Purpose. A human biovar of Chlamydia trachomatis was used to develop a murine model of ocular chlamydial infection. The inbred mouse model will allow detailed immunological studies during ocular infection, and use of a human biovar for infection may aid in identification of appropriate vaccine strategies against chlamydial infections. Methods. BALB/c, C3H/HeN, and C57B1/6J mice (n = 5 to 10 mice/group) were topically infected in the conjunctiva with C serovar of C. trachomatis. The effects were tested of single and repeated infection with 5000 inclusion-forming units (IFU) in 5 μl and different inoculum doses. Conjunctival surfaces of both eyes were swabbed for microbiologic signs (isolation culture or direct fluorescent antibody staining) or infection over 4 to 6 weeks. Conjunctivae were removed for histopathologic study, and lymphocytes from draining cervical lymph nodes and spleens were tested for chlamydia-specific proliferative responses. Serum was obtained from all mice and tested for anti-chlamydial antibodies. Results. BALB/c and C3H/HeN mice developed dose-dependent microbiologic, histopathologic, and immunologic evidence of ocular infection. Eyes of mice were culture-positive from day 7 through at least day 21, with the peak of infection at days 10 to 14 after infection. Histopathologically, the development of conjunctival subepithelial mononuclear infiltration, exudate, and loss of goblet cells occurred within 1 week. Dose-dependent lymphoproliferative responses to whole chlamydial elementary bodies were observed; anti-chlamydial antibody was detected by immunoblotting only in infected mice. Conclusions. Several strains of inbred mice are susceptible to human chlamydial biovars and may provide a useful alternative disease model in which to study the immunopathogenesis of ocular chlamydial infection and tests of vaccine candidates derived from clinically relevant human biovars.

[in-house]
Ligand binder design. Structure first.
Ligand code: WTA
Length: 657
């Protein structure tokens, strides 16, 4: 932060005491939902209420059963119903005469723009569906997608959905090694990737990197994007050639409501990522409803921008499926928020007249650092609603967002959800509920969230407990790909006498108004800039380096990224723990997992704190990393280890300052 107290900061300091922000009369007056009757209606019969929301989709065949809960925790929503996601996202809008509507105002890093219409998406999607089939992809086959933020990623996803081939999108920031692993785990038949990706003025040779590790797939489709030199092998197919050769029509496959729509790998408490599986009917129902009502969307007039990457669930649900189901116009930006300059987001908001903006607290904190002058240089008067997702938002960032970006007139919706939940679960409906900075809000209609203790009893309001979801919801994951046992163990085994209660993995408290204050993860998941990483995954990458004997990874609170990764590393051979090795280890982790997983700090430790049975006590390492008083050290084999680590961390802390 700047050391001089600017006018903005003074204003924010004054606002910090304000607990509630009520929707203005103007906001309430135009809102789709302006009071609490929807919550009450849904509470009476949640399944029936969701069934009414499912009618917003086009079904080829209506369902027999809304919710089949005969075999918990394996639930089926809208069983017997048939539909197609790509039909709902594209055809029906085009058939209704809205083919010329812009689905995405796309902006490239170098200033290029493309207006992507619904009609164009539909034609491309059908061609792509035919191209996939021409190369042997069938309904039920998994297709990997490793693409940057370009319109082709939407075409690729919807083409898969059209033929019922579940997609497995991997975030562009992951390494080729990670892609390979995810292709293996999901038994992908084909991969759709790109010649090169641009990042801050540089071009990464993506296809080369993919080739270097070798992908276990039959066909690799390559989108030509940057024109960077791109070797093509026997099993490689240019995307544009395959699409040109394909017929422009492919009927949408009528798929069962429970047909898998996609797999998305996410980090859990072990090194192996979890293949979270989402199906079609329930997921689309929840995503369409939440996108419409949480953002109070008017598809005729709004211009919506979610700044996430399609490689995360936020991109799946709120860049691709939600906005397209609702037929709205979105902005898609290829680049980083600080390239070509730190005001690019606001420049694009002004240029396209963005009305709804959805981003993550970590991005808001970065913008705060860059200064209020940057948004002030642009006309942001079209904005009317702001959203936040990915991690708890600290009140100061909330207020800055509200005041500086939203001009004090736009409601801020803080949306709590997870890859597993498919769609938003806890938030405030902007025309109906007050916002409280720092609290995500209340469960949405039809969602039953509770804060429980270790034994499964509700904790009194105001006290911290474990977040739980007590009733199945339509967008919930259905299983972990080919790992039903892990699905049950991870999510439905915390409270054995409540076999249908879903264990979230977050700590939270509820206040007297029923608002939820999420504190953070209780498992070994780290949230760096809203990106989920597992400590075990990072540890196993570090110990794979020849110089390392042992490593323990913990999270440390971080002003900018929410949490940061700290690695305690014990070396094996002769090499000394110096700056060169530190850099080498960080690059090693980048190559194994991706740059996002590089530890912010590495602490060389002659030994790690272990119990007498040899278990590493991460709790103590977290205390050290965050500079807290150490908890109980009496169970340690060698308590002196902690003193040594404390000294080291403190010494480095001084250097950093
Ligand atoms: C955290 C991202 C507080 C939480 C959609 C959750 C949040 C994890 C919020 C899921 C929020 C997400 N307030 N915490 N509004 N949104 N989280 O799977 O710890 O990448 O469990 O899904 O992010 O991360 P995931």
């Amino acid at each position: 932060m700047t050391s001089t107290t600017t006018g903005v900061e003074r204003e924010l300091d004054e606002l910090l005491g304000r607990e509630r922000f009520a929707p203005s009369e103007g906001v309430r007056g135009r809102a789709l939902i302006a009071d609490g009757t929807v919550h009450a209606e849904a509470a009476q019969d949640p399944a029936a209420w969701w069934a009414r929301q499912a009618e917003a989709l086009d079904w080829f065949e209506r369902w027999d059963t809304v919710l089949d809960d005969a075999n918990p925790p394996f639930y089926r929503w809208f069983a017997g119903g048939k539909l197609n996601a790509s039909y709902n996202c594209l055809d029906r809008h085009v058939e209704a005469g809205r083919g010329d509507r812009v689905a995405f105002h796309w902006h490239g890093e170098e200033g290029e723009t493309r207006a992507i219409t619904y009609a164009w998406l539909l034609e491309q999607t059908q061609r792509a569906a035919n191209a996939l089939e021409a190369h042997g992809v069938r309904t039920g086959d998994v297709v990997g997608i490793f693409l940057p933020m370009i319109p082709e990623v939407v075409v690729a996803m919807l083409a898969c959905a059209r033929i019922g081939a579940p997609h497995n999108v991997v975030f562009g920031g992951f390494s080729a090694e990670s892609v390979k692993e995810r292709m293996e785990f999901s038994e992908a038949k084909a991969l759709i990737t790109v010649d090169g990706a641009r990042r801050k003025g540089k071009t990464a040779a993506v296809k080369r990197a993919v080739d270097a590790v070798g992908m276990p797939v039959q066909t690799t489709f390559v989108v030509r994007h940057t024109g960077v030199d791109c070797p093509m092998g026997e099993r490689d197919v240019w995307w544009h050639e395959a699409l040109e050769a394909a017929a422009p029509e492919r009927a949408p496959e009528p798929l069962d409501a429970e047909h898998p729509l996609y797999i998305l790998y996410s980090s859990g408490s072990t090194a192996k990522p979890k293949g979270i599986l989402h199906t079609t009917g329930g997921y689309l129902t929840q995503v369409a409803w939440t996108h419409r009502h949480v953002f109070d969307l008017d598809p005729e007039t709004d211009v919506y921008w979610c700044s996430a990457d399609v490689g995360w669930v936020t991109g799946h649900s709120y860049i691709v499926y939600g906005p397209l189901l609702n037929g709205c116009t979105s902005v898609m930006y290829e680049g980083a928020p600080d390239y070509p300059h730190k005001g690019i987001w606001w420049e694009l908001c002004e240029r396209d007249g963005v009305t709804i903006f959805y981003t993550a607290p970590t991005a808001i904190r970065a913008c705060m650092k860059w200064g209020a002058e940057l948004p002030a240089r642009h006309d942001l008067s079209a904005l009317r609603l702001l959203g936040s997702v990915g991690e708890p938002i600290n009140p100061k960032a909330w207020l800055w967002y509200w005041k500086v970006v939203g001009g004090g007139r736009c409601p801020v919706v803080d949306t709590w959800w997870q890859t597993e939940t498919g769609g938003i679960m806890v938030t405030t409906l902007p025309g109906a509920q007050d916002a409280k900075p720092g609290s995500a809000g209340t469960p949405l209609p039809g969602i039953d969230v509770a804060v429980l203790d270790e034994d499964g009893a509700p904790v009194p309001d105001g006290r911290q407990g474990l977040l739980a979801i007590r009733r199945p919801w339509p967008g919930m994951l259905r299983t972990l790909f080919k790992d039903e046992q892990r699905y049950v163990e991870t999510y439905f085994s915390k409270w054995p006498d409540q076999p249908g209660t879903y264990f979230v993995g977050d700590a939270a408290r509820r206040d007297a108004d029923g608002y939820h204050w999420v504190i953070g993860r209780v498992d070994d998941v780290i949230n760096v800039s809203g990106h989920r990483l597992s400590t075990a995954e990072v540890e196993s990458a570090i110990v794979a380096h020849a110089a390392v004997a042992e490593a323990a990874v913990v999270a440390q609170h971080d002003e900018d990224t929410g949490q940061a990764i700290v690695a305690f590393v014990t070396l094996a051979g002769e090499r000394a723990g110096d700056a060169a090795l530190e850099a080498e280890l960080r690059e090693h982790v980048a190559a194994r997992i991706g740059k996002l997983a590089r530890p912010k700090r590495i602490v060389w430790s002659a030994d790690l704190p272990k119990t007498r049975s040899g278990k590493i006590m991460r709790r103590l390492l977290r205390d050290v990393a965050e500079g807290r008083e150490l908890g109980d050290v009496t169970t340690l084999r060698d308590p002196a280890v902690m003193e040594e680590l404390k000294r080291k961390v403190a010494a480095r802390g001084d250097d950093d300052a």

|Original language||English (US)|
|Number of pages||12|
|Journal||Investigative Ophthalmology and Visual Science|
|State||Published - Jan 1 1995|
- Chlamydia trachomatis
ASJC Scopus subject areas